So now it’s up to 5¢, and I decided to try and see if it might actually be possible to get the deposit back now. So I looked up where I could go. There is a recycling center at a grocery store close to my office, so I went up there at lunch with 20 plastic bottles. The place is outside the store, on the edge of the parking lot. There was an attendent and a couple of homeless people there. It’s only open from 8:30 to 4:30. It smells bad. And then they wonder why only the homeless recycle bottles. Sheesh.

They have a machine that you can feed the bottles into. It scans them and counts them, and it’s pretty fast. So I fed it my 20 bottles. The instructions said to push the button when I was done. And it spit out a voucher for $1. That I had to take inside the store.

So I went inside the store and went to the customer service counter. They said I had to wait in a regular register line. So, after waiting in line, I finally got my damn dollar.

Was it worth it? I dunno. Given that it was a nice day and I just wanted to get out of the office anyway, maybe. And I rode my bike there, so it’s not like it cost me any gas money. But no matter how you slice it, it was a huge pain in the ass.


The lure of the silver ball

Filed under: — stan @ 8:28 pm

Back in 1984, I bought a pinball machine. It was a 1979 Bally Future Spa game, and I used to play it a lot when it was in an arcade in downtown Huntington Beach. For many years, it was the weird centerpiece to my bachelor living room, as well as a piggy bank. I never removed the coin mechanism, so I fed it quarters every night. And I managed to save lots of money that way.

Several years ago, I lent it out to a friend from work. He and his wife liked pinball, and they had two young boys, too. So the machine got some good use. But over time, it broke down and gathered dust. So last weekend, they brought it back to me. And I got out the schematics and started fixing it. Over the years, I’ve fixed this machine many times. It’s where I learned about electronics.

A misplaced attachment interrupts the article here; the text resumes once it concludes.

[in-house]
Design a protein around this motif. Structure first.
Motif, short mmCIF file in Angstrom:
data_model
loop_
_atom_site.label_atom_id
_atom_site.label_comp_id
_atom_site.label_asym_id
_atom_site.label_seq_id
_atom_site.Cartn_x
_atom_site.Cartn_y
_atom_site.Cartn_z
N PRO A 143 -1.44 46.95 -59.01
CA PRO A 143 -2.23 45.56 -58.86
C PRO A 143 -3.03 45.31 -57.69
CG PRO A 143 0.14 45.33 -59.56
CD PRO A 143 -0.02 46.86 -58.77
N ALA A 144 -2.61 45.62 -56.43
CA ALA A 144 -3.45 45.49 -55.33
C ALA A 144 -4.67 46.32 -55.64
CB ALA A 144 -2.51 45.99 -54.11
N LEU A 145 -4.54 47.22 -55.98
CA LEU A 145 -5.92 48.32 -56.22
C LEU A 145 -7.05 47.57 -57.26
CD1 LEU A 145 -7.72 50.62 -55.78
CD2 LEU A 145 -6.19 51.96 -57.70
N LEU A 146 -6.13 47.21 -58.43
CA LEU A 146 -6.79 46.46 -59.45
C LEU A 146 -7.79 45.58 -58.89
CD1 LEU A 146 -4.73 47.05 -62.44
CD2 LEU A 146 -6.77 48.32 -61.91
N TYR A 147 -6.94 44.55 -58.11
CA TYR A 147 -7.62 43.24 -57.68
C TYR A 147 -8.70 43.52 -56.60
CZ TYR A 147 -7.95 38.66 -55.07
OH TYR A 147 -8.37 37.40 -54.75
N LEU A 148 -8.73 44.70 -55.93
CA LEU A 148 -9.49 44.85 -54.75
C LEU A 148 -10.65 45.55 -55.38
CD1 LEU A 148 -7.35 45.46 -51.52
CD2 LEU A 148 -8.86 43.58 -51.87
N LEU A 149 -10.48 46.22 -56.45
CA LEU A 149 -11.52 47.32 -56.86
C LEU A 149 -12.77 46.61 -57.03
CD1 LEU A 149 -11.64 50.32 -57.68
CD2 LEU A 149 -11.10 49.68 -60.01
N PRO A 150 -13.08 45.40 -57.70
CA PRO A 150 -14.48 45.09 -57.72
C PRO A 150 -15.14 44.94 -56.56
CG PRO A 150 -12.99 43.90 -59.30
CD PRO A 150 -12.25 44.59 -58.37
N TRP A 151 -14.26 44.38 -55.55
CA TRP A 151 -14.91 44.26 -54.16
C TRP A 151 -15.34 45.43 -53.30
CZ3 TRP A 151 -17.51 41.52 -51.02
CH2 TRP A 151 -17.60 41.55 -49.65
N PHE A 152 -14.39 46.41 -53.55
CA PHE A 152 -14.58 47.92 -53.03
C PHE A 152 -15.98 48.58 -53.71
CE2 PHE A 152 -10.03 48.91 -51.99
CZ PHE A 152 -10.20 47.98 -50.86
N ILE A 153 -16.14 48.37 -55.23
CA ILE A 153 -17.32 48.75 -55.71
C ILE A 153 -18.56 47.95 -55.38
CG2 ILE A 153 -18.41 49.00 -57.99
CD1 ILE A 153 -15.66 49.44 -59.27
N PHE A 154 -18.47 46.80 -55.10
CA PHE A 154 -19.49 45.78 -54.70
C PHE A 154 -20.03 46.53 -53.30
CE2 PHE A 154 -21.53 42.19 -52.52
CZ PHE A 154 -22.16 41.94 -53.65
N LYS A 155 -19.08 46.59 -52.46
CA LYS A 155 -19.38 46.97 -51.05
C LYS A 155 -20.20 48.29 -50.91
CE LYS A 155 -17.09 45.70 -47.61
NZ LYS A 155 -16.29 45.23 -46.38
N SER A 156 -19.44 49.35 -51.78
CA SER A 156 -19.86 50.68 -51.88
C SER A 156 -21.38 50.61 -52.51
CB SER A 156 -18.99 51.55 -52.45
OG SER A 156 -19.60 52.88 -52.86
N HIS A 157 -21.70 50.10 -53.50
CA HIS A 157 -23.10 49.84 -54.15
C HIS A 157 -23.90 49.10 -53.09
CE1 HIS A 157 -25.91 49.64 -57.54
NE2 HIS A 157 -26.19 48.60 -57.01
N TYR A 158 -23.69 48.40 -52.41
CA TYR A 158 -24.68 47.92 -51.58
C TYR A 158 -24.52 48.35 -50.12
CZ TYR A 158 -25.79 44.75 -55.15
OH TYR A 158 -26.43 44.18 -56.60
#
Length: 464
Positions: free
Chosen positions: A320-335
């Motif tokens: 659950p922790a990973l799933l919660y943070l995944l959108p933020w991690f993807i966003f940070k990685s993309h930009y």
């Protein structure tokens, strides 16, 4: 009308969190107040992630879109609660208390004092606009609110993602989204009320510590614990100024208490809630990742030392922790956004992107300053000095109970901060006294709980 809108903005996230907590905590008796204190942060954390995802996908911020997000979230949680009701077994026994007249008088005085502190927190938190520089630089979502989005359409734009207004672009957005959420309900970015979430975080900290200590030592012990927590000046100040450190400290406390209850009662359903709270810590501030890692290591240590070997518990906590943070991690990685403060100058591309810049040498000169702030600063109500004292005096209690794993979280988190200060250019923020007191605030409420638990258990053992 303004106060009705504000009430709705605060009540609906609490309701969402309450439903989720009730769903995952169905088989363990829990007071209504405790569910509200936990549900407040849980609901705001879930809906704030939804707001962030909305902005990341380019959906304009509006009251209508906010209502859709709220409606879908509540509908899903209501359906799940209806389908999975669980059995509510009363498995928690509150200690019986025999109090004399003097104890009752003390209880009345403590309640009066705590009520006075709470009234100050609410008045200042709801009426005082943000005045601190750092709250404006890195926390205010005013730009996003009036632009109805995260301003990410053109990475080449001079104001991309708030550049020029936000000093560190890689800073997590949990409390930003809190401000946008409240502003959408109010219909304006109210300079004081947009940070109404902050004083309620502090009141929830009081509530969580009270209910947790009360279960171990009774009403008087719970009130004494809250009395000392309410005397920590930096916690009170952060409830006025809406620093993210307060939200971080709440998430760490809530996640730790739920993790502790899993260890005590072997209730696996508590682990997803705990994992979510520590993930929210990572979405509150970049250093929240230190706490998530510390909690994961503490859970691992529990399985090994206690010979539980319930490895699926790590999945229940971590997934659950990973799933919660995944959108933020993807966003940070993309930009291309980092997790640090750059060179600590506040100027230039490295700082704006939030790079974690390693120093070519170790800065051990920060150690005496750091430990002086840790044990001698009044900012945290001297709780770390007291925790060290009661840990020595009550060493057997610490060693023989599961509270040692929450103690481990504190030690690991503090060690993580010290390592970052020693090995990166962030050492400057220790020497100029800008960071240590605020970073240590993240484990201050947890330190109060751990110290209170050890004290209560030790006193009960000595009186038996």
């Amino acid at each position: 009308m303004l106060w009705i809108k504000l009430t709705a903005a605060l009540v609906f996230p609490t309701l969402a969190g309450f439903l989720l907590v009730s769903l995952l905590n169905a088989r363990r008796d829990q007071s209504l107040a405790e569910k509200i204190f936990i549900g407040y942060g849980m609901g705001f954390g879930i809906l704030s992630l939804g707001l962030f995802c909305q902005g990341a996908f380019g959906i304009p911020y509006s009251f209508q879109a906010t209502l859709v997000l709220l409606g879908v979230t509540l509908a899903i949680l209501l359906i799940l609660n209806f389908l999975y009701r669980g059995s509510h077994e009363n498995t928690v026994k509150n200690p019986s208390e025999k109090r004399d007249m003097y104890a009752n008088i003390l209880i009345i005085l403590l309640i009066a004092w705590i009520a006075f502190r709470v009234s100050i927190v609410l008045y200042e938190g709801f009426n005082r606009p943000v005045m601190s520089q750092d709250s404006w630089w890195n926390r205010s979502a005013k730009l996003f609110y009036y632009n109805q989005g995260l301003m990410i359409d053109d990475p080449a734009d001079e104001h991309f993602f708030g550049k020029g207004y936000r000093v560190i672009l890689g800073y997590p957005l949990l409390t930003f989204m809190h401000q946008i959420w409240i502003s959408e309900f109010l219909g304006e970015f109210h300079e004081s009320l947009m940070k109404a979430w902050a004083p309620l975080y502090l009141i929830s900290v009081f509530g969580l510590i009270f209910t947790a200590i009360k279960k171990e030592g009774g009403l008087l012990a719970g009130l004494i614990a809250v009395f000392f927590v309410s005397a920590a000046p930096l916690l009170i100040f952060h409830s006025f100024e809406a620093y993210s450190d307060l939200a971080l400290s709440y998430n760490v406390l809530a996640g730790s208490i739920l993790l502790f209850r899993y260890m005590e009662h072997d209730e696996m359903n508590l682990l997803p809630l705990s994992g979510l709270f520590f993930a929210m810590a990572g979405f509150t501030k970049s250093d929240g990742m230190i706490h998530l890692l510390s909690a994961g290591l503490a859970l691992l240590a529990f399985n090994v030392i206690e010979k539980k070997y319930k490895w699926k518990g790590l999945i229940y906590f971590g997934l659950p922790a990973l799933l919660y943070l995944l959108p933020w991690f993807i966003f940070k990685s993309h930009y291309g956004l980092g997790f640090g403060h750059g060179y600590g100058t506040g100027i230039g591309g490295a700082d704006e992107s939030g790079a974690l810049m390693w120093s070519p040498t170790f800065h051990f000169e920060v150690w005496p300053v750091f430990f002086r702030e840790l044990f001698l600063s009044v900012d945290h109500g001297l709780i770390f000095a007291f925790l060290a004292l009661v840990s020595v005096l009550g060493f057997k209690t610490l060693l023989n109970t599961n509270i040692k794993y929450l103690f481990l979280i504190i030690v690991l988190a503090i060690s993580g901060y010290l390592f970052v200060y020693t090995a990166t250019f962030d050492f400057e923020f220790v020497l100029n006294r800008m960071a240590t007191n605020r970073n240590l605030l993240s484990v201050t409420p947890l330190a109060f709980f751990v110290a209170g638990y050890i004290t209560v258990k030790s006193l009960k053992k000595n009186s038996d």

When I first tried it, it was stone dead. Some poking with a multimeter found that the main power supply fuse was burned out. So today I stopped off at Radio Shack and got a new one. Then the machine powered on. But the backboard lights were off, and the flippers didn’t work.

Part of the legacy of the time the machine spent by the beach is that a lot of the connectors are corroded from the salt air. This has been a problem for as long as I’ve had it. So I’ve managed to compensate by just wiring things together with alligator clips to bypass the worst of the corroded connectors. And after positioning three alligator clip jumpers, I was able to get the game to self-test and boot up. Then I played a couple of games.

Next, I replaced all the rubber pieces. My friend had bought a nearly-complete rubber kit for it a while back, so I put all those on today. I also noticed that the battery on the main board had come loose, which is why the game couldn’t remember the high score. So I soldered that back on with a little bit of wire.

The last details to take care of are some new rubber pieces for the four little posts, and a new target to replace the broken one. I ordered all these tonight. So pretty soon, I can introduce Lucinda to pinball. Don’t know if she’ll like it or not, but I think I’ll have some fun with it.